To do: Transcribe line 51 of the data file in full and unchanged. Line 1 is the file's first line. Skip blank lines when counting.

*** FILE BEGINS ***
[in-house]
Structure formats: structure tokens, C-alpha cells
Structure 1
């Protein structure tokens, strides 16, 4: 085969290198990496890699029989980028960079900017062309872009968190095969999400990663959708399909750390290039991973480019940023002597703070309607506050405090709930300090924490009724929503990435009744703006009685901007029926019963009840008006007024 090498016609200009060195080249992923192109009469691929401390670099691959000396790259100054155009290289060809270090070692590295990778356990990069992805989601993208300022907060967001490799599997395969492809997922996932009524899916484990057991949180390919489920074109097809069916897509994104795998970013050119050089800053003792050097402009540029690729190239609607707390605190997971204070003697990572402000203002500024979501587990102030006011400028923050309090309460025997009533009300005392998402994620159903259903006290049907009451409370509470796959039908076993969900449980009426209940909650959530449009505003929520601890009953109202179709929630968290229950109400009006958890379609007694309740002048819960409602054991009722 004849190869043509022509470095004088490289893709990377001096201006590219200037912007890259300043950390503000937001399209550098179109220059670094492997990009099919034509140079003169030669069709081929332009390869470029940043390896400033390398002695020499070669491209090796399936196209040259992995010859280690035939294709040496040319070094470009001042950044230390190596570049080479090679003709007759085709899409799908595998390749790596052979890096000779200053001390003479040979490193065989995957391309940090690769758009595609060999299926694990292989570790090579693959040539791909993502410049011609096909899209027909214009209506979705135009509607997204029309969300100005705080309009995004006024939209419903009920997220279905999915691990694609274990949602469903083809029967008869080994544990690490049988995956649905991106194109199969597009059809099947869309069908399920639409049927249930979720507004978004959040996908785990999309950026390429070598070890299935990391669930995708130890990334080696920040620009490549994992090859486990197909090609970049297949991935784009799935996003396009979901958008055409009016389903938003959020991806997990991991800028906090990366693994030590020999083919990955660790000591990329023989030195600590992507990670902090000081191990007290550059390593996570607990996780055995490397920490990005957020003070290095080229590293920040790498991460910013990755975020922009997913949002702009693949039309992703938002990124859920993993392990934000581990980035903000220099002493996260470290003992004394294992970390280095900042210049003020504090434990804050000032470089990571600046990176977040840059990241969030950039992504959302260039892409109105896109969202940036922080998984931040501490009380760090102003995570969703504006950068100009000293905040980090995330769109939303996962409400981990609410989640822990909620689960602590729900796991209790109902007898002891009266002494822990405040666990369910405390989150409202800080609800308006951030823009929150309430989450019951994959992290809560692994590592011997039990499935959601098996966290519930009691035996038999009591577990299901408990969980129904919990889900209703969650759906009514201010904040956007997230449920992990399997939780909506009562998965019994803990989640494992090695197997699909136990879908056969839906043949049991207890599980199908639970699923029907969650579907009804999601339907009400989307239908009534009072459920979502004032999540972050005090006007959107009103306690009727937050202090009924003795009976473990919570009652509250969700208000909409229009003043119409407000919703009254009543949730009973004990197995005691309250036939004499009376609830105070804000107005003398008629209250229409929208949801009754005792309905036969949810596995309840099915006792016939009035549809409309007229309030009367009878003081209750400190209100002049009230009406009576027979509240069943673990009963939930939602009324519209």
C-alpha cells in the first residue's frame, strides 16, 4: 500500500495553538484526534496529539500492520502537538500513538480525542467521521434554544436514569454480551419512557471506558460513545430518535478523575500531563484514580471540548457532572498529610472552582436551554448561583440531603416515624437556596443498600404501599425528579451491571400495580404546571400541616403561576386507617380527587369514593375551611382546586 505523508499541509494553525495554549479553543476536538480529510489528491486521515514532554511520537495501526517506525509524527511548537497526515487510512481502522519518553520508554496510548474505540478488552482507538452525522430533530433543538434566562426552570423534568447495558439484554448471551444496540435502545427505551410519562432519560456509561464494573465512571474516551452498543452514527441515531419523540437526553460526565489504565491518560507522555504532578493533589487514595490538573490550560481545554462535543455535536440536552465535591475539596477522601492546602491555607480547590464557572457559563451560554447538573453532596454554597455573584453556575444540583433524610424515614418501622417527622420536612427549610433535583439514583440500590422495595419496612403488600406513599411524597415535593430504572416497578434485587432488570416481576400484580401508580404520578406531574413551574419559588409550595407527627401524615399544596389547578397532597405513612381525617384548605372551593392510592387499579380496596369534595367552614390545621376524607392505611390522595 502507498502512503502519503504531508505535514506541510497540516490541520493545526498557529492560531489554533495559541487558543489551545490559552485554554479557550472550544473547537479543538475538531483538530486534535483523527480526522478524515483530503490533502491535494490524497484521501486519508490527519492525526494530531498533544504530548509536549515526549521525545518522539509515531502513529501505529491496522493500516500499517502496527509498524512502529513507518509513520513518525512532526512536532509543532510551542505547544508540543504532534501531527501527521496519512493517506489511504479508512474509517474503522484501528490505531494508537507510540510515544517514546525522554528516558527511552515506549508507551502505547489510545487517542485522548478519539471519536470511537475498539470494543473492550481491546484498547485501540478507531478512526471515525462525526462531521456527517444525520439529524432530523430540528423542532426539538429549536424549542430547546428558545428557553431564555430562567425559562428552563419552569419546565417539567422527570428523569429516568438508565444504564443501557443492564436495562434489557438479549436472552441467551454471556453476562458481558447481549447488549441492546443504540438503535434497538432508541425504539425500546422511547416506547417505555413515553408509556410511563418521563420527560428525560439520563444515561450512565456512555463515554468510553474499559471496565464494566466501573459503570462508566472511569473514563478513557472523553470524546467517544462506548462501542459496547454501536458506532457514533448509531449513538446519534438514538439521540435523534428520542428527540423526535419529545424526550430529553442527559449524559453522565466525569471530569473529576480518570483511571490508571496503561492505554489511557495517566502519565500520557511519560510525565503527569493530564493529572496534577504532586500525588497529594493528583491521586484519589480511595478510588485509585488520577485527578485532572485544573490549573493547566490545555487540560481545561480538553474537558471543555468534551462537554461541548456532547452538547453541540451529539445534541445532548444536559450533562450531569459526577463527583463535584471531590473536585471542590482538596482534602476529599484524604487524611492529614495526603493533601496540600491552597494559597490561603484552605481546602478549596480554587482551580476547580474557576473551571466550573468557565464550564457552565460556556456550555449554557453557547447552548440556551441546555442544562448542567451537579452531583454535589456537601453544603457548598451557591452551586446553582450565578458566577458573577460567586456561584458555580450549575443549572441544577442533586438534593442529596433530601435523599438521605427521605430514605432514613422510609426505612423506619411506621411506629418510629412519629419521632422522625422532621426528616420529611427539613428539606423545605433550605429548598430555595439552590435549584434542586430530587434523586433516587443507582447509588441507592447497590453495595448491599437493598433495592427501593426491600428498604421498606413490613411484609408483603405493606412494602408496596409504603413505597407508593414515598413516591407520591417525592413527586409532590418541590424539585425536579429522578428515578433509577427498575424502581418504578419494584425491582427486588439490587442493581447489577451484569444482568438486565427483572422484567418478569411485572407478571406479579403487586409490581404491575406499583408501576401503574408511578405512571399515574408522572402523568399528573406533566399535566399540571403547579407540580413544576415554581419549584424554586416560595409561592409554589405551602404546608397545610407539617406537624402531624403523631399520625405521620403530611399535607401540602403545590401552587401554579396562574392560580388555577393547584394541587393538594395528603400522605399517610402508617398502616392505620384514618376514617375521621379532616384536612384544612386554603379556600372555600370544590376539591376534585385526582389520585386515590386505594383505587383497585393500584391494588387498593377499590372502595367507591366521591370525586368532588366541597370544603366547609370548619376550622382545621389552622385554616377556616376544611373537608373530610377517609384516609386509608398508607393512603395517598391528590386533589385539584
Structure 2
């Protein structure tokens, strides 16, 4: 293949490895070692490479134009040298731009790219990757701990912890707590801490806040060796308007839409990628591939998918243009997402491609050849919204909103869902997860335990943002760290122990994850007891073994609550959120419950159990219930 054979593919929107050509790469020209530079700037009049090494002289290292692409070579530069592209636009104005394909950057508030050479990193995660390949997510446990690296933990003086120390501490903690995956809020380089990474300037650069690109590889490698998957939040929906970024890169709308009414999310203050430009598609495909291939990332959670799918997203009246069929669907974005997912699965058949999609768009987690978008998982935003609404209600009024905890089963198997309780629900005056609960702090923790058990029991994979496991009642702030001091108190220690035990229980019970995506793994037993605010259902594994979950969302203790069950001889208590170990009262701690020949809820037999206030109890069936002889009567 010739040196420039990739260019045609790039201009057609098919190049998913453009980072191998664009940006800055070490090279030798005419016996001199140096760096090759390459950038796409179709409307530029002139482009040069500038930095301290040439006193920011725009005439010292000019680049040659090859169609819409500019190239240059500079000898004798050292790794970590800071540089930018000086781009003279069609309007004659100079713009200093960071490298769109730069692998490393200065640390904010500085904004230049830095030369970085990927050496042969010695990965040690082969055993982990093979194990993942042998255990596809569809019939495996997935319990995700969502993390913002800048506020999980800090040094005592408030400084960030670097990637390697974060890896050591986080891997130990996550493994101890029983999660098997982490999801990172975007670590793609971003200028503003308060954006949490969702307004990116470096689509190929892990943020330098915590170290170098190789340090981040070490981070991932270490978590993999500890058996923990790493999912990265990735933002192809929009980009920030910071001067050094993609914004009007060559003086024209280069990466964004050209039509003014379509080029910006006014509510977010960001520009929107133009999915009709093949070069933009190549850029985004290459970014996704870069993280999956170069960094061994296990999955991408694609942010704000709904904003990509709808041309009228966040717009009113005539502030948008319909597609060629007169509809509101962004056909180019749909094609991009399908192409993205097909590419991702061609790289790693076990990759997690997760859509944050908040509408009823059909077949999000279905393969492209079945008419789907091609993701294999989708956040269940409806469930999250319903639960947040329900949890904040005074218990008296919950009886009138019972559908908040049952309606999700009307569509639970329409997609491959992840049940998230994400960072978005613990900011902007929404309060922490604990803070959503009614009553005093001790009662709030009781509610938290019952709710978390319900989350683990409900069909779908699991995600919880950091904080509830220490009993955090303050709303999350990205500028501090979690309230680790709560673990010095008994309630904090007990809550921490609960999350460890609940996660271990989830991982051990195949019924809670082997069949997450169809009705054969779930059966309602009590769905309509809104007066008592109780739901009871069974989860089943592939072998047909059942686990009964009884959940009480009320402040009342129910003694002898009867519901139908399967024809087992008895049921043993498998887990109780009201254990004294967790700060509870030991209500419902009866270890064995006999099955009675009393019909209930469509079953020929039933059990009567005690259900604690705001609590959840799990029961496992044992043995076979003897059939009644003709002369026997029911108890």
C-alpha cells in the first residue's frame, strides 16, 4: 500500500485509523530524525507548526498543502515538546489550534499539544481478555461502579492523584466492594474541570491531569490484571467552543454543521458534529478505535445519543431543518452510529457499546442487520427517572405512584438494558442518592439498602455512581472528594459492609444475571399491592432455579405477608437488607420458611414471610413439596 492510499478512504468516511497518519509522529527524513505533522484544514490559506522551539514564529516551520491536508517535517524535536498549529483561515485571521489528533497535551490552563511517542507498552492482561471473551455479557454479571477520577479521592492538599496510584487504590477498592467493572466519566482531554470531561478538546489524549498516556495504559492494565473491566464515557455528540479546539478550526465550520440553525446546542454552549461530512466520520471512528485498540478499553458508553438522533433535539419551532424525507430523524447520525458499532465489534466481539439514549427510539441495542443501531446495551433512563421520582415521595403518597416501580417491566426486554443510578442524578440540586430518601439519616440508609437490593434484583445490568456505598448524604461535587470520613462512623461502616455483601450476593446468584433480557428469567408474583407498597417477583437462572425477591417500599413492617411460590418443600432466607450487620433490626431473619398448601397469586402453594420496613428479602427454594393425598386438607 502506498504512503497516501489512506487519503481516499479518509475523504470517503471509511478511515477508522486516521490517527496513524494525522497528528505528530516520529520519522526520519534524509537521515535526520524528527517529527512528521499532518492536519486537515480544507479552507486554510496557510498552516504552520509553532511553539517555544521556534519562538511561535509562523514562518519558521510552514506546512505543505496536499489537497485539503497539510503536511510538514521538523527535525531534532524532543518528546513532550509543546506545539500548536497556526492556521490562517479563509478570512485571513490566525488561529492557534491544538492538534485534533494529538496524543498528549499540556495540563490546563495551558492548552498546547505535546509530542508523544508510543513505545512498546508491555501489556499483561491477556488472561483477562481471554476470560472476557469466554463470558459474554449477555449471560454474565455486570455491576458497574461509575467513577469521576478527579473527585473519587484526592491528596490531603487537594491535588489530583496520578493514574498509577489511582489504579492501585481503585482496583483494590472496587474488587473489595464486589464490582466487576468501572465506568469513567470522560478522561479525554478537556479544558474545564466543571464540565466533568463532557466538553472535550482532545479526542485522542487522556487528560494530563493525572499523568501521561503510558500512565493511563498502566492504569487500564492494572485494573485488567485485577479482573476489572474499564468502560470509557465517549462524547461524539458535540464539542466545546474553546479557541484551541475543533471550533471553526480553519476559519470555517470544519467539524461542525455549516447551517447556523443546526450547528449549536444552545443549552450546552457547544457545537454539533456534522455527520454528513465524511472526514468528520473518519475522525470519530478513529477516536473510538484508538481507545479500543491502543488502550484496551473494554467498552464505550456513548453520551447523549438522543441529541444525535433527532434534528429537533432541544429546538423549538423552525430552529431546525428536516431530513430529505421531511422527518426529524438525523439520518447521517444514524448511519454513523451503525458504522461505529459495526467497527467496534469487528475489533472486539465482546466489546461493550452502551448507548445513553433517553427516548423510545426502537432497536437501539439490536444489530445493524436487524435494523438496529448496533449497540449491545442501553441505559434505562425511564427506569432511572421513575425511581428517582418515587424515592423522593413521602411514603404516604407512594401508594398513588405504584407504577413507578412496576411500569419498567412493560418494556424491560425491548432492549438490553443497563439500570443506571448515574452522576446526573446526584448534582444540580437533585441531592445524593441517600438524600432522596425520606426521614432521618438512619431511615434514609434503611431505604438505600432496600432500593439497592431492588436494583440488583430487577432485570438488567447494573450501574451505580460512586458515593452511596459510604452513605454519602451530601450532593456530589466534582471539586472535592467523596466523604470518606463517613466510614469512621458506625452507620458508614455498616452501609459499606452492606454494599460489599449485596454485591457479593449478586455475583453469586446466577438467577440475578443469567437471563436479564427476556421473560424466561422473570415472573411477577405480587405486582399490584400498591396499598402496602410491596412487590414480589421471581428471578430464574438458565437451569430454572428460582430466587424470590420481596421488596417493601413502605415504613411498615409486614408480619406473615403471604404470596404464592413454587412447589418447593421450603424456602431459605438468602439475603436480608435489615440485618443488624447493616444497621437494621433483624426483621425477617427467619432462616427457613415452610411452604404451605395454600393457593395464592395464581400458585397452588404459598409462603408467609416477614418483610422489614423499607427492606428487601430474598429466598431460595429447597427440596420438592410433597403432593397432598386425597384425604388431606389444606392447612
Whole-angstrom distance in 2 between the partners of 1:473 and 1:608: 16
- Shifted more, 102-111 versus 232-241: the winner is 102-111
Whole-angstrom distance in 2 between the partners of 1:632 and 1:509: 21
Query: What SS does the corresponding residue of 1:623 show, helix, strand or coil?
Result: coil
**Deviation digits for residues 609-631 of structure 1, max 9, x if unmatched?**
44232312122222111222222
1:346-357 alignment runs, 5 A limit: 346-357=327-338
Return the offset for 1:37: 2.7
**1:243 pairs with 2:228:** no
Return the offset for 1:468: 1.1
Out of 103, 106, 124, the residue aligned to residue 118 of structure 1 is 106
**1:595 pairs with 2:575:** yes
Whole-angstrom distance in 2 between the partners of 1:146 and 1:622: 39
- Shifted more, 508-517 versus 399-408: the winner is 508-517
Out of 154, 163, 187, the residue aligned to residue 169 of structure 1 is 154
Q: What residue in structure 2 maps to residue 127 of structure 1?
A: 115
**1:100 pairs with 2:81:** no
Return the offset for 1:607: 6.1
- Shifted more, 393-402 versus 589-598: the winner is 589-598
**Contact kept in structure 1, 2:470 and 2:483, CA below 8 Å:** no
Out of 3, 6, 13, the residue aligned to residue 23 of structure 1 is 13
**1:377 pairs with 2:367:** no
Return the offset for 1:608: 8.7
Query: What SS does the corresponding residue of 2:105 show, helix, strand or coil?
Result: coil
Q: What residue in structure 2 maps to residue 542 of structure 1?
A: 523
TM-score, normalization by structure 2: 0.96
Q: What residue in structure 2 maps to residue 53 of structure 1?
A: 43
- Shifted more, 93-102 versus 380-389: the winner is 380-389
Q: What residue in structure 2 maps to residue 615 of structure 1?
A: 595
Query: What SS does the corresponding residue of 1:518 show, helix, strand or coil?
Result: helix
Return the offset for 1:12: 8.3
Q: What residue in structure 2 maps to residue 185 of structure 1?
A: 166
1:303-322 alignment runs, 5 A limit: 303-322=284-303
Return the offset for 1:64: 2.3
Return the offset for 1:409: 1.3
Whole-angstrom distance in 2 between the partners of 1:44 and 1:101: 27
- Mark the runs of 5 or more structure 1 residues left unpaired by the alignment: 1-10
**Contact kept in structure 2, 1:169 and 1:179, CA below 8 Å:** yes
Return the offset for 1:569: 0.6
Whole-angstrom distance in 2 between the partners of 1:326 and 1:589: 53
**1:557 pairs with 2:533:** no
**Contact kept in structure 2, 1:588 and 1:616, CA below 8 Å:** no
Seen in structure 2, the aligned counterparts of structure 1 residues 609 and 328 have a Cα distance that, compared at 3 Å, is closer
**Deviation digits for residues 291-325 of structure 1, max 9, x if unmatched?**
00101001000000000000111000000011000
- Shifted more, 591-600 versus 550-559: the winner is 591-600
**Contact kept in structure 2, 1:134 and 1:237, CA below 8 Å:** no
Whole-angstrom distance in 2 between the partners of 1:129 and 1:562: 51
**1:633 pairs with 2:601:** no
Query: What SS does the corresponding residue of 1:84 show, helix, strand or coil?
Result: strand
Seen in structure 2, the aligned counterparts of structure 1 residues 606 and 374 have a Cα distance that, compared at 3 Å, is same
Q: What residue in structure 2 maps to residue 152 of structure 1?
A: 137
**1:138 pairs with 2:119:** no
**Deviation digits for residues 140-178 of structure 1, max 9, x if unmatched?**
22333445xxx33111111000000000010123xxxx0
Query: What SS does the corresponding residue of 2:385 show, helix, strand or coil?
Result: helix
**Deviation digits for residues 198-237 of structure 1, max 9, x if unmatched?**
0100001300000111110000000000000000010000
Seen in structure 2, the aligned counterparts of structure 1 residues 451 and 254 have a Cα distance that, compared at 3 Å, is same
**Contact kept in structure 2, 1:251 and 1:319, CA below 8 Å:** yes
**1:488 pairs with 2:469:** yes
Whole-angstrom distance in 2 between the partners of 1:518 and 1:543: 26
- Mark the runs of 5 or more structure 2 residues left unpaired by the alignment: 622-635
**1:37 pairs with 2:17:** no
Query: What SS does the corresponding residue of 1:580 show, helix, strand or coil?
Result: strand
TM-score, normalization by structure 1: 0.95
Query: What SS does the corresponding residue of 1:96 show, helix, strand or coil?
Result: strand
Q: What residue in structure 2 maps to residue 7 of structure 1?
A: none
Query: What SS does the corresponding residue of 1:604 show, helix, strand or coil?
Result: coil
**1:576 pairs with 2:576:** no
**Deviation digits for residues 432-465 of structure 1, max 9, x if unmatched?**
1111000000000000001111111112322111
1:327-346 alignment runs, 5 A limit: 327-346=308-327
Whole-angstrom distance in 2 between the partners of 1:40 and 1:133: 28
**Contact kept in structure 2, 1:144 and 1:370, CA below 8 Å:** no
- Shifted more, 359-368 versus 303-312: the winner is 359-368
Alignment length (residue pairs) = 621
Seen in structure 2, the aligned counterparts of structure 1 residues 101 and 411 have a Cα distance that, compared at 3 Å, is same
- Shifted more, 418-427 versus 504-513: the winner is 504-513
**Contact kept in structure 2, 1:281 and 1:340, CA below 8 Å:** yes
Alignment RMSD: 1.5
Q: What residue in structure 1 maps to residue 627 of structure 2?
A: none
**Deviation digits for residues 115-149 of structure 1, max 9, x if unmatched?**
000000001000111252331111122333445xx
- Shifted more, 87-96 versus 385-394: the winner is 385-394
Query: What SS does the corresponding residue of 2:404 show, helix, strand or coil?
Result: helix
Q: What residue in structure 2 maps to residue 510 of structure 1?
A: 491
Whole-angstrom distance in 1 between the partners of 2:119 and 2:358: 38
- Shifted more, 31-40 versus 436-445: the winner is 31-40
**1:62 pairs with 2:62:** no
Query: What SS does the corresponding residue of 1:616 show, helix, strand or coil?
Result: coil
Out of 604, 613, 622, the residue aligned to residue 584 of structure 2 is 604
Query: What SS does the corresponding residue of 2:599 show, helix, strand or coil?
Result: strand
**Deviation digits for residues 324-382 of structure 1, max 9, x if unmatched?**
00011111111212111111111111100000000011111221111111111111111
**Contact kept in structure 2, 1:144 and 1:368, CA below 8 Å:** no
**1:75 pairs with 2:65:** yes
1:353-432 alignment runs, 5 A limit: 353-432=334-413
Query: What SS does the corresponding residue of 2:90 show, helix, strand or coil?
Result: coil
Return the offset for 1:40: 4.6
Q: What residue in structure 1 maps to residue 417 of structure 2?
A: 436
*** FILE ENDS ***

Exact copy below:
Return the offset for 1:409: 1.3